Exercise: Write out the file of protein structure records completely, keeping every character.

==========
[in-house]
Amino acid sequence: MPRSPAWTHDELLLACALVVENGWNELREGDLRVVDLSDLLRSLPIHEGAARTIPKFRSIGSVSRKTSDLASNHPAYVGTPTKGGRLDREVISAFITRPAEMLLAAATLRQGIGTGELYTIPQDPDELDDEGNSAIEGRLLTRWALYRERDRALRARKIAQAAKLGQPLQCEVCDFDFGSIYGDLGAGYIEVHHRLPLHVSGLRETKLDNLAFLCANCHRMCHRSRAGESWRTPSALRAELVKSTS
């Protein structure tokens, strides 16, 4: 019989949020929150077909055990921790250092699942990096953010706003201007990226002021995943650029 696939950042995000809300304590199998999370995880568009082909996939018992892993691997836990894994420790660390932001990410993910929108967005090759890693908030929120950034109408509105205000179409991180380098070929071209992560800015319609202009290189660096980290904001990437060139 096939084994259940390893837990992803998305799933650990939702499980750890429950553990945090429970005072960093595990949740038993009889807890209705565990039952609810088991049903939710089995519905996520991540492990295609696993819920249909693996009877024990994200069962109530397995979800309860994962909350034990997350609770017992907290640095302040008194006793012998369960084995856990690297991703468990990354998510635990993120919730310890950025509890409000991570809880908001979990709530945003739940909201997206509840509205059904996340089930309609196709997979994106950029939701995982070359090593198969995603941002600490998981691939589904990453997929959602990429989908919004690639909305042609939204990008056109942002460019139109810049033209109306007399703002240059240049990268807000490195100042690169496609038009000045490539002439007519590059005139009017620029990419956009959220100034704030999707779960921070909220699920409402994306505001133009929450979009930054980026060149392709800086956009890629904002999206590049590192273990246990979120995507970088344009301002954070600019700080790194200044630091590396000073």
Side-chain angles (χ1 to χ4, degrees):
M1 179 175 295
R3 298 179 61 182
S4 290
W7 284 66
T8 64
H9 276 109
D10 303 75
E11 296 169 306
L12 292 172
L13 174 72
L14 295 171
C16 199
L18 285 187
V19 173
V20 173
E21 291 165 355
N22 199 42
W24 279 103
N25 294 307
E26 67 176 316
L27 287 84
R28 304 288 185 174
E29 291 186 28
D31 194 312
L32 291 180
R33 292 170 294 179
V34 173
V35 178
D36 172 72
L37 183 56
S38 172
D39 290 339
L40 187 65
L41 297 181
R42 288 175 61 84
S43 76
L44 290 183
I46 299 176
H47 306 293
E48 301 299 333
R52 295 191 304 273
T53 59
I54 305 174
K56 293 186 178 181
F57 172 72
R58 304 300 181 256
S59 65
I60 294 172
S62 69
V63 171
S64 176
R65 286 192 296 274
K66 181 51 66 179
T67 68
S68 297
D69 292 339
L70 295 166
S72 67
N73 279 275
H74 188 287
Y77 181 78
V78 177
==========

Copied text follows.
[in-house]
Amino acid sequence: MPRSPAWTHDELLLACALVVENGWNELREGDLRVVDLSDLLRSLPIHEGAARTIPKFRSIGSVSRKTSDLASNHPAYVGTPTKGGRLDREVISAFITRPAEMLLAAATLRQGIGTGELYTIPQDPDELDDEGNSAIEGRLLTRWALYRERDRALRARKIAQAAKLGQPLQCEVCDFDFGSIYGDLGAGYIEVHHRLPLHVSGLRETKLDNLAFLCANCHRMCHRSRAGESWRTPSALRAELVKSTS
């Protein structure tokens, strides 16, 4: 019989949020929150077909055990921790250092699942990096953010706003201007990226002021995943650029 696939950042995000809300304590199998999370995880568009082909996939018992892993691997836990894994420790660390932001990410993910929108967005090759890693908030929120950034109408509105205000179409991180380098070929071209992560800015319609202009290189660096980290904001990437060139 096939084994259940390893837990992803998305799933650990939702499980750890429950553990945090429970005072960093595990949740038993009889807890209705565990039952609810088991049903939710089995519905996520991540492990295609696993819920249909693996009877024990994200069962109530397995979800309860994962909350034990997350609770017992907290640095302040008194006793012998369960084995856990690297991703468990990354998510635990993120919730310890950025509890409000991570809880908001979990709530945003739940909201997206509840509205059904996340089930309609196709997979994106950029939701995982070359090593198969995603941002600490998981691939589904990453997929959602990429989908919004690639909305042609939204990008056109942002460019139109810049033209109306007399703002240059240049990268807000490195100042690169496609038009000045490539002439007519590059005139009017620029990419956009959220100034704030999707779960921070909220699920409402994306505001133009929450979009930054980026060149392709800086956009890629904002999206590049590192273990246990979120995507970088344009301002954070600019700080790194200044630091590396000073």
Side-chain angles (χ1 to χ4, degrees):
M1 179 175 295
R3 298 179 61 182
S4 290
W7 284 66
T8 64
H9 276 109
D10 303 75
E11 296 169 306
L12 292 172
L13 174 72
L14 295 171
C16 199
L18 285 187
V19 173
V20 173
E21 291 165 355
N22 199 42
W24 279 103
N25 294 307
E26 67 176 316
L27 287 84
R28 304 288 185 174
E29 291 186 28
D31 194 312
L32 291 180
R33 292 170 294 179
V34 173
V35 178
D36 172 72
L37 183 56
S38 172
D39 290 339
L40 187 65
L41 297 181
R42 288 175 61 84
S43 76
L44 290 183
I46 299 176
H47 306 293
E48 301 299 333
R52 295 191 304 273
T53 59
I54 305 174
K56 293 186 178 181
F57 172 72
R58 304 300 181 256
S59 65
I60 294 172
S62 69
V63 171
S64 176
R65 286 192 296 274
K66 181 51 66 179
T67 68
S68 297
D69 292 339
L70 295 166
S72 67
N73 279 275
H74 188 287
Y77 181 78
V78 177